Edmund Scientific has contacted me and offered to refund the $13 difference. Although they did lay some of the blame on me for clicking the link they have also said this has been a recurring problem that they will look into further.
A non-profit group recently surveyed the prices at 49 different mortuaries and crematoriums in San Diego, and found that “prices vary widely, with some mortuaries charging nearly twice as much as others for similar combinations of services.” Although the study focuses on one city, it’s a good reminder that you should check around and not assume that pricing is consistent throughout the industry.
Ok, so we’re running out of ways to say that consumer prices have fallen — again. This time its the steepest drop since 1955.
You’ll need them to cut off the right amount of penny at the cash register. Or, we suppose you could add something to your cart that includes 6/10 of a penny to even it all out—but that’s how they get you, with those “even penny” purchases. (Thanks to Amanda!)
The number of overcharging violations – defined as charging more at the register than the price in an advertisement, on a shelf sign, or on the item itself – soared to 711, from 425.
Quick, what’s 2 x 15? Did you get 40? No? Then you’re apparently overqualified to run Sears’ website.
We recently trashed Kodak Gallery, and rightly so, for providing the least value of any online photo storage/printing service. Now we take that back, because with a simple change to their terms, they’ve suddenly become a viable choice again—provided you meet a couple of conditions.
UPDATE: We’re bad at Spanish. See below. We came across a Twitter user who, while browsing Comcast’s internet prices, discovered that the Spanish-language version of the site offers reduced speeds at the same prices as the higher speeds seen on the English version of the site. What the hell?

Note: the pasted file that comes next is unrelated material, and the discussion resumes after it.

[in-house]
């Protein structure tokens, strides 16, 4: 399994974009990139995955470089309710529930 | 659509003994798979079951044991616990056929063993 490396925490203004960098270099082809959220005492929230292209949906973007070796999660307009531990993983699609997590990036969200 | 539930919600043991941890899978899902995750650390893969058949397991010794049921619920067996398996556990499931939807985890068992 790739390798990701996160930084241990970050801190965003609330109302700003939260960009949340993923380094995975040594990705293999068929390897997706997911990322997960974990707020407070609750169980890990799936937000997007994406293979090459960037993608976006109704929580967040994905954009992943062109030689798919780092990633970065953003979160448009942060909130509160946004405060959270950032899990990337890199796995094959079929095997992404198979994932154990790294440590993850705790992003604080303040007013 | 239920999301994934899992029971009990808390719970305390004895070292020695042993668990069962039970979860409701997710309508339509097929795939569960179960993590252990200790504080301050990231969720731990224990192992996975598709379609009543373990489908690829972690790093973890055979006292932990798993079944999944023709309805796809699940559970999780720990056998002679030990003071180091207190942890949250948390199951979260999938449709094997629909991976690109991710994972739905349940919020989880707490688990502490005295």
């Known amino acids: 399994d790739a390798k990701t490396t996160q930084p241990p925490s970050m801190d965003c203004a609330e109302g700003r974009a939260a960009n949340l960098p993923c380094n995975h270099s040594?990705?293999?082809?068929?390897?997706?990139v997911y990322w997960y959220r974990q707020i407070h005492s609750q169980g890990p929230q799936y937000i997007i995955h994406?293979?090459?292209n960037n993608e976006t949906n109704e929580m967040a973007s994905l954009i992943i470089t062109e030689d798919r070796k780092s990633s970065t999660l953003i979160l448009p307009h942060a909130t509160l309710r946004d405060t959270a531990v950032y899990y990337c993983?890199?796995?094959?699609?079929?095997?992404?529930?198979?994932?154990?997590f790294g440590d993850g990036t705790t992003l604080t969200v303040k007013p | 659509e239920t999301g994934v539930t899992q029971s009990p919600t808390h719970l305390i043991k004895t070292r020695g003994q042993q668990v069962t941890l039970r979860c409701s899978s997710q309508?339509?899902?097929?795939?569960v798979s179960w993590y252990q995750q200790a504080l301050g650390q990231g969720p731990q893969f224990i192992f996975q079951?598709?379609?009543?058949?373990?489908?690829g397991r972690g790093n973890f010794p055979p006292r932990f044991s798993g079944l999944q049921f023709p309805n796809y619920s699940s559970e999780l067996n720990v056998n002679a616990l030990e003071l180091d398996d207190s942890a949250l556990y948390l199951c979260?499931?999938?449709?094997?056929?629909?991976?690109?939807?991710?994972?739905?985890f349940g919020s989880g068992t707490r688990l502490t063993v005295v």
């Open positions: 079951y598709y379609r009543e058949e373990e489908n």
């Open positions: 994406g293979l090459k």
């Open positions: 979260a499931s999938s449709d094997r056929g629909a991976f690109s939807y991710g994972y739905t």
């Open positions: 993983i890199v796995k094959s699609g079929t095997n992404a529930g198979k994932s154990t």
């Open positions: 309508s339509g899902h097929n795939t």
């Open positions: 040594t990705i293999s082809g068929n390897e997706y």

Grab your nearest economist and hold them tight, prices are falling. The Labor Department says that the obsessed-over Consumer Price Index fell 0.4 percent for the year — the first annual drop since 1955.
MP3newswire.net browsed through not-quite-hits from past decades on the iTunes Music Store to see where these fabled 69 cent music tracks are hiding. He tried the Katydids, Camper Van Beethoven, the Lyres, Rock and Roll Trio, but found nothing below 99 cents. Then he went back to be-bop and blues recordings of the ’40s—nope. Finally, he looked at songs from Ada Jones, a recording artist from 1893 to 1922. Everything was still 99 cents.
Say what you will about Apple’s dominion over the music industry, but for a while now they’ve maintained an artificially low market for music tracks by forcing labels to sell songs for 99 cents each. That era is over: in exchange for moving to a higher bitrate and going 100% DRM free (hooray) iTunes has officially introduced “variable pricing” (boo), which means each track may cost 69 cents, 99 cents, or $1.29—it all depends on the song and the label. It looks like Amazon has introduced variable pricing as well, although it’s mostly holding to the 99 cents threshold for now. Amazon’s tracks, by the way, have always been free of DRM.
Kodak Gallery is a poor choice for online photo storage. As of this month, they’ve changed their storage policy so that now you must spend a minimum amount—$4.99 or $19.99, depending on whether you’re under or over 2GB of storage—every 12 months or your pics will be deleted. By comparison, Shutterfly has no minimum spending requirement and unlimited storage.
So, it’s not exactly good news, but between the toilet tax and priority boarding fees, Reuters thinks that airlines may have run out of “perks” worth excluding from a ticket’s base price. The bad news? All those new airline fees aren’t going anywhere. American Airlines, which last year pocketed an extra billion in “ancillary revenue,” calls them “a pretty big success story.”
Not to be outdone by all the negative publicity Office Depot is getting over their “not in stock” lies, Best Buy stores in the New York area have been uncovered refusing to price match TV prices in accordance with their official policy. When pressed, the sales associates said that the TVs weren’t covered due to imaginary exclusions that aren’t included in the official policy language. An employee at one of the stores gave in, but then made up a new imaginary policy that said free delivery would cost $100.